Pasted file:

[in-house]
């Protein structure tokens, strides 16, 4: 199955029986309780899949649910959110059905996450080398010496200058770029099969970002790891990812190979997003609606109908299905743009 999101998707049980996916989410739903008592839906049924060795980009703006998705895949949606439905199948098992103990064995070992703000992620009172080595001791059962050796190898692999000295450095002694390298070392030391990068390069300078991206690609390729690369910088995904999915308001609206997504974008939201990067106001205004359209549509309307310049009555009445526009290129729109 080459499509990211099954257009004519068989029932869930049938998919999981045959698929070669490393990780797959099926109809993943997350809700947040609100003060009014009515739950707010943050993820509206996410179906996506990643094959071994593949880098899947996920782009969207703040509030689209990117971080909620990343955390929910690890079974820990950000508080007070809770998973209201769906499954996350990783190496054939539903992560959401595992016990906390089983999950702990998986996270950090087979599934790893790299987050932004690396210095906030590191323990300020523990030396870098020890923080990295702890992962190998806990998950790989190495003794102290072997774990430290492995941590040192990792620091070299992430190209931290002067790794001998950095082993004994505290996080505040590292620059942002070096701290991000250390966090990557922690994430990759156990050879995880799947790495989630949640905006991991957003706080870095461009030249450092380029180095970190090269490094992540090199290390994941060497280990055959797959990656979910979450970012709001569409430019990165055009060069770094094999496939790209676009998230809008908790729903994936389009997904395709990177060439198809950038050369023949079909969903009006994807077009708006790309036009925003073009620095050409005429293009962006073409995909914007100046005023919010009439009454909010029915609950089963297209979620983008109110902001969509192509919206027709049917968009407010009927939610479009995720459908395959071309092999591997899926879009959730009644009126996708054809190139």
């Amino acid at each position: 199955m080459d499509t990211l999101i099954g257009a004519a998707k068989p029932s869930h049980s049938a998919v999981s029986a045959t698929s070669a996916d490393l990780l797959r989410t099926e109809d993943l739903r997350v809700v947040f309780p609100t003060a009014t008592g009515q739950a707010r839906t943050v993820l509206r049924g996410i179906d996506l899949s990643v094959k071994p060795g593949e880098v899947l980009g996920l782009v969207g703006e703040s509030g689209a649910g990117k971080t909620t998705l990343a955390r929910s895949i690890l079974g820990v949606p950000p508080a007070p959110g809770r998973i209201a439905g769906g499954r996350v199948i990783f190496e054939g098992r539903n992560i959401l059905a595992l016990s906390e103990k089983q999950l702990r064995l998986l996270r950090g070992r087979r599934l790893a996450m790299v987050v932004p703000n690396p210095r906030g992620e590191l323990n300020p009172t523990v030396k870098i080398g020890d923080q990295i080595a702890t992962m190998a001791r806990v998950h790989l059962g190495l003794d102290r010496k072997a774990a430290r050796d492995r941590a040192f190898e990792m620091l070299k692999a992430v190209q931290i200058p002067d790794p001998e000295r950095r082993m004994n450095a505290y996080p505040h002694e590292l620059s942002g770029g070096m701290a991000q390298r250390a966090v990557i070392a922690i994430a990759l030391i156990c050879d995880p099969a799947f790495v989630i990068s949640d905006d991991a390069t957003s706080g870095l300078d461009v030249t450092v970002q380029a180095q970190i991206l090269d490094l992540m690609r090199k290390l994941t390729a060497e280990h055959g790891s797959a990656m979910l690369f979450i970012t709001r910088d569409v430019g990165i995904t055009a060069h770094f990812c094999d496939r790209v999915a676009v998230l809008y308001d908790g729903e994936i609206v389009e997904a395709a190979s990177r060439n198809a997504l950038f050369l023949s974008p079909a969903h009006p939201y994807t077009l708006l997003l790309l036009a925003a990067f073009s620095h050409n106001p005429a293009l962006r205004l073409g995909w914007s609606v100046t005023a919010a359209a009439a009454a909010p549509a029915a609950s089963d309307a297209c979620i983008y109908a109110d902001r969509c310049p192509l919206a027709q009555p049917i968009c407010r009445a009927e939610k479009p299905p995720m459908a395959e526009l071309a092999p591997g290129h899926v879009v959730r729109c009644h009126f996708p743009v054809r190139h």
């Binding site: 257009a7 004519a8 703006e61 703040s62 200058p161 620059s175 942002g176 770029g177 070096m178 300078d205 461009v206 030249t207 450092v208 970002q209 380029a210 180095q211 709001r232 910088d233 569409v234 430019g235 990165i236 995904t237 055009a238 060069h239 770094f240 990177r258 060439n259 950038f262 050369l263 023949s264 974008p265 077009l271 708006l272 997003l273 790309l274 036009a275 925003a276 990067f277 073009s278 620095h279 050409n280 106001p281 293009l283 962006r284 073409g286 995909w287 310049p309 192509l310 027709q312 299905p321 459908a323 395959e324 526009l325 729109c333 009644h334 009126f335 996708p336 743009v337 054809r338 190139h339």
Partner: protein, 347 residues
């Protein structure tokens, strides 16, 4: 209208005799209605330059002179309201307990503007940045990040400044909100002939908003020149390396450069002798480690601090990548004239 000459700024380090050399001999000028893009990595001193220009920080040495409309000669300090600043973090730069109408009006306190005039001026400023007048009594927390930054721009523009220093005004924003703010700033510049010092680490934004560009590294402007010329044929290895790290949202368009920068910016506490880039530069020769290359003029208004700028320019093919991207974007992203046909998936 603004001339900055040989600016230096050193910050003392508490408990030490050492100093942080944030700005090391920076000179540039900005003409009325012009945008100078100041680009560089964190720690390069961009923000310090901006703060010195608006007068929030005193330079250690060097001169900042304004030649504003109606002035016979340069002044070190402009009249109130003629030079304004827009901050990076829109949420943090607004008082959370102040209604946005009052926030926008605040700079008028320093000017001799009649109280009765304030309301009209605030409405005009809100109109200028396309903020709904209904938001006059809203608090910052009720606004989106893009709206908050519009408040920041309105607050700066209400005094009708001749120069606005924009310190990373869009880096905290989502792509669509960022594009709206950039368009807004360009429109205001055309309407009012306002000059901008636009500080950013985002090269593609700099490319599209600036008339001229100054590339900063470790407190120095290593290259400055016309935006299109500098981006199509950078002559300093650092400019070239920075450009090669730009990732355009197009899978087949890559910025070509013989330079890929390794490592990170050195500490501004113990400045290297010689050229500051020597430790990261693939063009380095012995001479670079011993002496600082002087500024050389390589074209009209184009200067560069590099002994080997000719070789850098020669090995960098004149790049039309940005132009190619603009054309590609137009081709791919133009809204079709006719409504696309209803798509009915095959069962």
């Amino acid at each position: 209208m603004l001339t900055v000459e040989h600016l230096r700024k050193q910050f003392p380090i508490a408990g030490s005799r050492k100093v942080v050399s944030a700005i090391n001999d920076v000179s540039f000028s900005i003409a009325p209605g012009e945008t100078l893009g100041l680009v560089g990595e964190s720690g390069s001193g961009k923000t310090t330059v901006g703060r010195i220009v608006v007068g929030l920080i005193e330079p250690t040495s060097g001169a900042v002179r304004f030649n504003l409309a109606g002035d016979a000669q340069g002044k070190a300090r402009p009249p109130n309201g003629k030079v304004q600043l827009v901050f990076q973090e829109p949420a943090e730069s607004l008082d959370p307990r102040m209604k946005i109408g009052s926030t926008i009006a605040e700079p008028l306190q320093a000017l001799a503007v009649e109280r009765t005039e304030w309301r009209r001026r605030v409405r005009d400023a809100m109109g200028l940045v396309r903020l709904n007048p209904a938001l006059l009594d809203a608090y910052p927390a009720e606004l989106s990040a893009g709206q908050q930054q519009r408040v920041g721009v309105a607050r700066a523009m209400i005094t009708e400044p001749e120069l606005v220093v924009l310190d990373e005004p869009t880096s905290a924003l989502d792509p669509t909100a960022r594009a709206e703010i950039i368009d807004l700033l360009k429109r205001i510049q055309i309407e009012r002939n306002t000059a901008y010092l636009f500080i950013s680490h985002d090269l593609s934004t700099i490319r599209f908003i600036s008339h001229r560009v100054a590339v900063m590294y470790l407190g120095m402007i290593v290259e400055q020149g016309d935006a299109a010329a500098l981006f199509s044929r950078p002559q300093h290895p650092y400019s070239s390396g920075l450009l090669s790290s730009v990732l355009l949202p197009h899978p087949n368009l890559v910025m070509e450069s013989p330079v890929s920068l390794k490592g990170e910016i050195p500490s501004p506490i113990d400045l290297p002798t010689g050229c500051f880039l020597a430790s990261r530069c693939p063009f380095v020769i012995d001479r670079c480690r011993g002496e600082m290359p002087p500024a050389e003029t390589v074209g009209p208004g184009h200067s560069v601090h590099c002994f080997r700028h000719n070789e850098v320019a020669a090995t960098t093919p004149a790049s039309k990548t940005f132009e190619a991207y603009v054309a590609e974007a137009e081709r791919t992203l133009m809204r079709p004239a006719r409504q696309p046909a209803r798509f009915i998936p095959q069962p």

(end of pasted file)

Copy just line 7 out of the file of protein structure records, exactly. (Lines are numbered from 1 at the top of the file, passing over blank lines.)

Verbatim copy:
């Amino acid at each position: 209208m603004l001339t900055v000459e040989h600016l230096r700024k050193q910050f003392p380090i508490a408990g030490s005799r050492k100093v942080v050399s944030a700005i090391n001999d920076v000179s540039f000028s900005i003409a009325p209605g012009e945008t100078l893009g100041l680009v560089g990595e964190s720690g390069s001193g961009k923000t310090t330059v901006g703060r010195i220009v608006v007068g929030l920080i005193e330079p250690t040495s060097g001169a900042v002179r304004f030649n504003l409309a109606g002035d016979a000669q340069g002044k070190a300090r402009p009249p109130n309201g003629k030079v304004q600043l827009v901050f990076q973090e829109p949420a943090e730069s607004l008082d959370p307990r102040m209604k946005i109408g009052s926030t926008i009006a605040e700079p008028l306190q320093a000017l001799a503007v009649e109280r009765t005039e304030w309301r009209r001026r605030v409405r005009d400023a809100m109109g200028l940045v396309r903020l709904n007048p209904a938001l006059l009594d809203a608090y910052p927390a009720e606004l989106s990040a893009g709206q908050q930054q519009r408040v920041g721009v309105a607050r700066a523009m209400i005094t009708e400044p001749e120069l606005v220093v924009l310190d990373e005004p869009t880096s905290a924003l989502d792509p669509t909100a960022r594009a709206e703010i950039i368009d807004l700033l360009k429109r205001i510049q055309i309407e009012r002939n306002t000059a901008y010092l636009f500080i950013s680490h985002d090269l593609s934004t700099i490319r599209f908003i600036s008339h001229r560009v100054a590339v900063m590294y470790l407190g120095m402007i290593v290259e400055q020149g016309d935006a299109a010329a500098l981006f199509s044929r950078p002559q300093h290895p650092y400019s070239s390396g920075l450009l090669s790290s730009v990732l355009l949202p197009h899978p087949n368009l890559v910025m070509e450069s013989p330079v890929s920068l390794k490592g990170e910016i050195p500490s501004p506490i113990d400045l290297p002798t010689g050229c500051f880039l020597a430790s990261r530069c693939p063009f380095v020769i012995d001479r670079c480690r011993g002496e600082m290359p002087p500024a050389e003029t390589v074209g009209p208004g184009h200067s560069v601090h590099c002994f080997r700028h000719n070789e850098v320019a020669a090995t960098t093919p004149a790049s039309k990548t940005f132009e190619a991207y603009v054309a590609e974007a137009e081709r791919t992203l133009m809204r079709p004239a006719r409504q696309p046909a209803r798509f009915i998936p095959q069962p």